Yesterday was drizzly and rainy all day, but we only got a tenth of an inch.

The guests all left this morning to take Maggie to Hampshire College to start her second year. She forgot her potted flower, but I planted it by the pond.

New blooms: chrysanthemum.

Great Blue Heron takes off with the neck in 'S' formation...

But comes back for more fish.

Chrysanthemum means September.

Phlox still going.

Saturday, August 30, 2014

Maggie finds Monarchs.

8-30-14 VERMONT: Steve, Val, Maggie and Lucy arrived a couple days ago for a mini va-ca on their way to take Maggie back to college. Yesterday we walked around the pasture while Maggie took pictures of the first Monarch we saw this season. Then we saw another on our hike.

Taking advantage of the beautiful day, we hiked the woods behind our house, exploring the old roads. We found a sunny clearing with lots of blackberries that kept us busy for a while. On the way back we looked in on the old beaver pond, which is totally gone and turned into a meadow. We followed the brook from the non-pond and eventually got home after our neighbors sheep chased us out of their pasture. We dinnered at Elixir in WRJ. Today is probably Gile Mt., an easy hike.

It’s just amazing how bonded Val and Maizie are.

New blooms: turtle head, Ligularia dentata ‘Britt Marie Crawford’. [I mentioned ligularia in bloom a month ago—that was L. stenocephala ‘The Rocket’.]

Turkey chicks from the 7/11/14 post almost grown up.

Blissful photog neck-deep in mint.

She found a Monarch butterfly, the first of the season that we've seen here. Later in the day we saw another a a different spot. photo by Maggie R.

Maizie and Val in a love fest. Val just can't get enough of the dogs.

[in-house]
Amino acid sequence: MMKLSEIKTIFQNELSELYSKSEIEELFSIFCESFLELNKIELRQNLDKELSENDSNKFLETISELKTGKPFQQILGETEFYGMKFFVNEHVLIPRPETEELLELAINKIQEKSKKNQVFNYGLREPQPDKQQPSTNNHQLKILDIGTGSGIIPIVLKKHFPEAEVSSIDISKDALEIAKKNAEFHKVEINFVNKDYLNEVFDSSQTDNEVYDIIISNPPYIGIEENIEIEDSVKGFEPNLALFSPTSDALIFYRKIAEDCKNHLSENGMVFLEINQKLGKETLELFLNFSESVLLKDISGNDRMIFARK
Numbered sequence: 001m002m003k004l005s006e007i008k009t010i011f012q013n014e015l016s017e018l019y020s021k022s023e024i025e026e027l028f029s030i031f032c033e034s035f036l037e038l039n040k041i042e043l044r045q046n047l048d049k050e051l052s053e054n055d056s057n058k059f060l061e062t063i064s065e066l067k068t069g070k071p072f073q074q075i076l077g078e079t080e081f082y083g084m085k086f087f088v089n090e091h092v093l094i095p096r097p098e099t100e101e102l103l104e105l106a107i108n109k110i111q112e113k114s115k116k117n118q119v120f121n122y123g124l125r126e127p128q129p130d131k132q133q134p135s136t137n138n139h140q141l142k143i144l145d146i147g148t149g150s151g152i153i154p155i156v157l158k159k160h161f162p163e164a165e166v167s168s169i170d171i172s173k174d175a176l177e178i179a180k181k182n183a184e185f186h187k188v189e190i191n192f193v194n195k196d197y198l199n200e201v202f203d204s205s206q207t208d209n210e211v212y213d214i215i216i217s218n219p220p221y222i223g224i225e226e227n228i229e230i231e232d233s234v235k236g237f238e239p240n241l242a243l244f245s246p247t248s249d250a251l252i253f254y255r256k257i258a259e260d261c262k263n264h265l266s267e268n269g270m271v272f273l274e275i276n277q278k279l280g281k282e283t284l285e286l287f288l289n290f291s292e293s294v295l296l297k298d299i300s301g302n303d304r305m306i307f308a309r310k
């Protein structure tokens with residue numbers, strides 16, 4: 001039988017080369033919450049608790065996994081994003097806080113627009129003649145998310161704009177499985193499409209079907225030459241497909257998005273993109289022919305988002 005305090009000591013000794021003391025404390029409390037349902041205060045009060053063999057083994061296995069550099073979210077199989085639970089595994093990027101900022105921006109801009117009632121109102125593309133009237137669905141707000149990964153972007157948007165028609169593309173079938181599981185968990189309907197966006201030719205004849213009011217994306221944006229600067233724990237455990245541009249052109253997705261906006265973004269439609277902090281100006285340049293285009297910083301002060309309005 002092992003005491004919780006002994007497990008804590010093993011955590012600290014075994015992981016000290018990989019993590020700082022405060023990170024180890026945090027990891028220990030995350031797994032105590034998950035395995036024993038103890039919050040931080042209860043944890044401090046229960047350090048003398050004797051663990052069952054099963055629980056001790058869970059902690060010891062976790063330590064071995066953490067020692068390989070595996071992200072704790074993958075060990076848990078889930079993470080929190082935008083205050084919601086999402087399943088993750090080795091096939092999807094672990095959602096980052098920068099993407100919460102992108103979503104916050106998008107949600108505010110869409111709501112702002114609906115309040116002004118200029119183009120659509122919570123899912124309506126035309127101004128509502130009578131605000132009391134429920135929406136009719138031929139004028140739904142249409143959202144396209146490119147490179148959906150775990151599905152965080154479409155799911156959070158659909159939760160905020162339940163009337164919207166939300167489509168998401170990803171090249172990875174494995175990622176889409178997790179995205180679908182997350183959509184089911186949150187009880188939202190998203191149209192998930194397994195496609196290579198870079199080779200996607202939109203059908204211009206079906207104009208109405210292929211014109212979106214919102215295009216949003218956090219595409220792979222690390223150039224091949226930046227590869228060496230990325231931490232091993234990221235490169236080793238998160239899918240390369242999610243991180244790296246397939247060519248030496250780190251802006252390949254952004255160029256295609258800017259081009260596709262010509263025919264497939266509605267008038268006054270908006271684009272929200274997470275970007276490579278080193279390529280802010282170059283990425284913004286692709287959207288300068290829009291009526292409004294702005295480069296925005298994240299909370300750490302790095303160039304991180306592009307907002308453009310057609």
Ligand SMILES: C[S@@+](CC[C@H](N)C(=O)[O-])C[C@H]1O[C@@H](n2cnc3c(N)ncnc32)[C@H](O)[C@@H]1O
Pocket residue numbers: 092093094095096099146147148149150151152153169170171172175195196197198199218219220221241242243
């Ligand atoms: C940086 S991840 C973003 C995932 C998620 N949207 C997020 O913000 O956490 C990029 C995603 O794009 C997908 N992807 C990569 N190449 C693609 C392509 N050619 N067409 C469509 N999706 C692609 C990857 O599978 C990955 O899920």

Hike in the woods, trying to stay on the trail.

Blue Heron decided the pond was too noisy this morning.

Preview of Coming Attractions.

Tuesday, August 26, 2014


8-26-14 VERMONT: It’s sunny and in the mid-eighties—summer has arrived in Vermont. And just in time, because lots of trees are beginning to show fall color change. Ash trees are dropping purple leaves. I have remarked that most of the perennials seemed to be early this season, as if they knew there would be an early winter. The Farmer’s Almanac predicts a harsh winter, but their predictions are actually no better than chance.

In the pasture the mint is in full flower, and usually in August it is covered with butterflies, but not this year. There are a few butterflies but there are no Monarchs. Also, there is a lot of milkweed in the pasture, the Monarch caterpillar’s favorite snack, but none of it has been eaten.

There was another 1.25 inches of rain in the gauge when we got back from NJ. The summer continues to be wet.

We have a corn poacher. Something has knocked over corn stalks, pulled off the ears, shucked them and eaten the kernels. I assume it is a raccoon, who also picked the last of the blueberries. I harvested all the remaining ears of corn that were ripe and left only immature ears on the stalks. Tomatoes, fortunately, do not seem to be on the raccoon’s meal plan.

New blooms: more phlox, more asters.

Fall flower - some kind of aster.

Grossbeak and song sparrow. The sparrow has been eating red berries from a nearby honeysuckle bush.

Black-eyed Susan.

Saturday, August 23, 2014

Soggy Jersey.

8-23-14 SHORT HILLS: I’m back in NJ, and Dan is much improved and about to be discharged from the hospital in Denver. He and Alison will return to NY by Amtrak via Chicago. Arnie also left yesterday.

It’s been a wet summer here, and everything looks well watered and thriving. I picked up a bunch is sizable branches and pumped the water off the pool cover and did a few minor chores. There will be much pruning and weeding here this fall.

In bloom: rose-of-Sharon, roses, hydrangea, caryopsis, butterfly bush, spirea, white star clematis, monarda.

Rose-of-Sharon comes in different flavors. Here are strawberry....

and cherry-vanilla.